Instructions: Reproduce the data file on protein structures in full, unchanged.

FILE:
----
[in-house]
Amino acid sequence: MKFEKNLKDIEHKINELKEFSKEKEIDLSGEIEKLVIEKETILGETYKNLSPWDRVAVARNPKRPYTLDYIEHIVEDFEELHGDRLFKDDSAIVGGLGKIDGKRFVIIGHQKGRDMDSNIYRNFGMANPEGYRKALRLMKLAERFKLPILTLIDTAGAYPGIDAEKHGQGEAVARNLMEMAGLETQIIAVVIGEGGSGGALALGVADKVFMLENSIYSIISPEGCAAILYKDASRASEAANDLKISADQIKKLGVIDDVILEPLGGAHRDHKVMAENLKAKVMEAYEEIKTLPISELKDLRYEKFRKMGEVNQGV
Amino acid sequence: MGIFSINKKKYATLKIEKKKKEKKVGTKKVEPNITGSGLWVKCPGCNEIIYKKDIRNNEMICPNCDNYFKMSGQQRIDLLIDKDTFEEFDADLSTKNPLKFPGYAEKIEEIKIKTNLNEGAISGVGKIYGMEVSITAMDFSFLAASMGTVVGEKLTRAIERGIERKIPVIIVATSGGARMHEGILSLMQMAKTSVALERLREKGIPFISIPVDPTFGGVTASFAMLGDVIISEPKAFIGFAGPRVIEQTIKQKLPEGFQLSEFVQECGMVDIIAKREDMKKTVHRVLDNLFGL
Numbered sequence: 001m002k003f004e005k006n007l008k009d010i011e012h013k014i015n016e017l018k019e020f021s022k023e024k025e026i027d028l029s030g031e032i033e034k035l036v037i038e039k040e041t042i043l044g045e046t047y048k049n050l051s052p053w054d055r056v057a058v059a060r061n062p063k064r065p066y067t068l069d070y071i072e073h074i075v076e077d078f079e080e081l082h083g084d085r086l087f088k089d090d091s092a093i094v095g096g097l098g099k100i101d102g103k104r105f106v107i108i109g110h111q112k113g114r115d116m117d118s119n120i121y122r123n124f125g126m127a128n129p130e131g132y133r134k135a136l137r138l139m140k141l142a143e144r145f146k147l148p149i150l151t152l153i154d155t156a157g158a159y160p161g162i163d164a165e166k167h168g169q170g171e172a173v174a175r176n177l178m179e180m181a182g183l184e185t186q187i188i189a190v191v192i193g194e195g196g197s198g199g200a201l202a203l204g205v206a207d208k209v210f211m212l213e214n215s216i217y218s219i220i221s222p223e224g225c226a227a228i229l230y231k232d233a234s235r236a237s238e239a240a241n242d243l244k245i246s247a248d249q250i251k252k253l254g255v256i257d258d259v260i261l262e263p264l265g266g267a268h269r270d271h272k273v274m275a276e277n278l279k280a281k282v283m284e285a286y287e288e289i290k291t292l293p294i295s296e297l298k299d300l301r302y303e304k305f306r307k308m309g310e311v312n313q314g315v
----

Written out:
[in-house]
Amino acid sequence: MKFEKNLKDIEHKINELKEFSKEKEIDLSGEIEKLVIEKETILGETYKNLSPWDRVAVARNPKRPYTLDYIEHIVEDFEELHGDRLFKDDSAIVGGLGKIDGKRFVIIGHQKGRDMDSNIYRNFGMANPEGYRKALRLMKLAERFKLPILTLIDTAGAYPGIDAEKHGQGEAVARNLMEMAGLETQIIAVVIGEGGSGGALALGVADKVFMLENSIYSIISPEGCAAILYKDASRASEAANDLKISADQIKKLGVIDDVILEPLGGAHRDHKVMAENLKAKVMEAYEEIKTLPISELKDLRYEKFRKMGEVNQGV
Amino acid sequence: MGIFSINKKKYATLKIEKKKKEKKVGTKKVEPNITGSGLWVKCPGCNEIIYKKDIRNNEMICPNCDNYFKMSGQQRIDLLIDKDTFEEFDADLSTKNPLKFPGYAEKIEEIKIKTNLNEGAISGVGKIYGMEVSITAMDFSFLAASMGTVVGEKLTRAIERGIERKIPVIIVATSGGARMHEGILSLMQMAKTSVALERLREKGIPFISIPVDPTFGGVTASFAMLGDVIISEPKAFIGFAGPRVIEQTIKQKLPEGFQLSEFVQECGMVDIIAKREDMKKTVHRVLDNLFGL
Numbered sequence: 001m002k003f004e005k006n007l008k009d010i011e012h013k014i015n016e017l018k019e020f021s022k023e024k025e026i027d028l029s030g031e032i033e034k035l036v037i038e039k040e041t042i043l044g045e046t047y048k049n050l051s052p053w054d055r056v057a058v059a060r061n062p063k064r065p066y067t068l069d070y071i072e073h074i075v076e077d078f079e080e081l082h083g084d085r086l087f088k089d090d091s092a093i094v095g096g097l098g099k100i101d102g103k104r105f106v107i108i109g110h111q112k113g114r115d116m117d118s119n120i121y122r123n124f125g126m127a128n129p130e131g132y133r134k135a136l137r138l139m140k141l142a143e144r145f146k147l148p149i150l151t152l153i154d155t156a157g158a159y160p161g162i163d164a165e166k167h168g169q170g171e172a173v174a175r176n177l178m179e180m181a182g183l184e185t186q187i188i189a190v191v192i193g194e195g196g197s198g199g200a201l202a203l204g205v206a207d208k209v210f211m212l213e214n215s216i217y218s219i220i221s222p223e224g225c226a227a228i229l230y231k232d233a234s235r236a237s238e239a240a241n242d243l244k245i246s247a248d249q250i251k252k253l254g255v256i257d258d259v260i261l262e263p264l265g266g267a268h269r270d271h272k273v274m275a276e277n278l279k280a281k282v283m284e285a286y287e288e289i290k291t292l293p294i295s296e297l298k299d300l301r302y303e304k305f306r307k308m309g310e311v312n313q314g315v